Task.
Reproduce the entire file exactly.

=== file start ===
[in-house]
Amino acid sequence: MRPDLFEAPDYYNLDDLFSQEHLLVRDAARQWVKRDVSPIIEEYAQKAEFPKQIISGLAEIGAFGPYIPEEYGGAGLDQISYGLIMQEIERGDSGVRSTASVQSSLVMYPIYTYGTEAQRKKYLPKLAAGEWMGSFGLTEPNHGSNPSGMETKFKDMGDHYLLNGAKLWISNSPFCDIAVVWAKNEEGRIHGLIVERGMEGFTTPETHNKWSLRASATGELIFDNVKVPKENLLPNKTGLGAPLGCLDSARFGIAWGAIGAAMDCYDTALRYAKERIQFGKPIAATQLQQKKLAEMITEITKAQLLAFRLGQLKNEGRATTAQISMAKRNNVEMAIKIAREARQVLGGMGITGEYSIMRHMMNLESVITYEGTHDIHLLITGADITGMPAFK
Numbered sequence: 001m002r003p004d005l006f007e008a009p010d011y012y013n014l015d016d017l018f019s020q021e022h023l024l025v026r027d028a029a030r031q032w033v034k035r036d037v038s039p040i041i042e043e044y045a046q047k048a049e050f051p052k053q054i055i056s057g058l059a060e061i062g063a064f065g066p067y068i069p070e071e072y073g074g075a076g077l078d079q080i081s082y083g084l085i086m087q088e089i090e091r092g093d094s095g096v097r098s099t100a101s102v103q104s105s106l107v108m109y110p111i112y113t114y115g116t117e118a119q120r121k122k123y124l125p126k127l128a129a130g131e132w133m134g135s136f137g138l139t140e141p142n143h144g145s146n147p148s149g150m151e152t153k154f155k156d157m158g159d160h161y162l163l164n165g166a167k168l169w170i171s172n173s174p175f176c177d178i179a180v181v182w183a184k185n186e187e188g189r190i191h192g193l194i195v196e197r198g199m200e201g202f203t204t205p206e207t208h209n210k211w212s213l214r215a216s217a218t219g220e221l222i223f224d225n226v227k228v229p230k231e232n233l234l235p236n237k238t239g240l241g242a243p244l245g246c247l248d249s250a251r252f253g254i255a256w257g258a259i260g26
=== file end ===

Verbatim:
[in-house]
Amino acid sequence: MRPDLFEAPDYYNLDDLFSQEHLLVRDAARQWVKRDVSPIIEEYAQKAEFPKQIISGLAEIGAFGPYIPEEYGGAGLDQISYGLIMQEIERGDSGVRSTASVQSSLVMYPIYTYGTEAQRKKYLPKLAAGEWMGSFGLTEPNHGSNPSGMETKFKDMGDHYLLNGAKLWISNSPFCDIAVVWAKNEEGRIHGLIVERGMEGFTTPETHNKWSLRASATGELIFDNVKVPKENLLPNKTGLGAPLGCLDSARFGIAWGAIGAAMDCYDTALRYAKERIQFGKPIAATQLQQKKLAEMITEITKAQLLAFRLGQLKNEGRATTAQISMAKRNNVEMAIKIAREARQVLGGMGITGEYSIMRHMMNLESVITYEGTHDIHLLITGADITGMPAFK
Numbered sequence: 001m002r003p004d005l006f007e008a009p010d011y012y013n014l015d016d017l018f019s020q021e022h023l024l025v026r027d028a029a030r031q032w033v034k035r036d037v038s039p040i041i042e043e044y045a046q047k048a049e050f051p052k053q054i055i056s057g058l059a060e061i062g063a064f065g066p067y068i069p070e071e072y073g074g075a076g077l078d079q080i081s082y083g084l085i086m087q088e089i090e091r092g093d094s095g096v097r098s099t100a101s102v103q104s105s106l107v108m109y110p111i112y113t114y115g116t117e118a119q120r121k122k123y124l125p126k127l128a129a130g131e132w133m134g135s136f137g138l139t140e141p142n143h144g145s146n147p148s149g150m151e152t153k154f155k156d157m158g159d160h161y162l163l164n165g166a167k168l169w170i171s172n173s174p175f176c177d178i179a180v181v182w183a184k185n186e187e188g189r190i191h192g193l194i195v196e197r198g199m200e201g202f203t204t205p206e207t208h209n210k211w212s213l214r215a216s217a218t219g220e221l222i223f224d225n226v227k228v229p230k231e232n233l234l235p236n237k238t239g240l241g242a243p244l245g246c247l248d249s250a251r252f253g254i255a256w257g258a259i260g26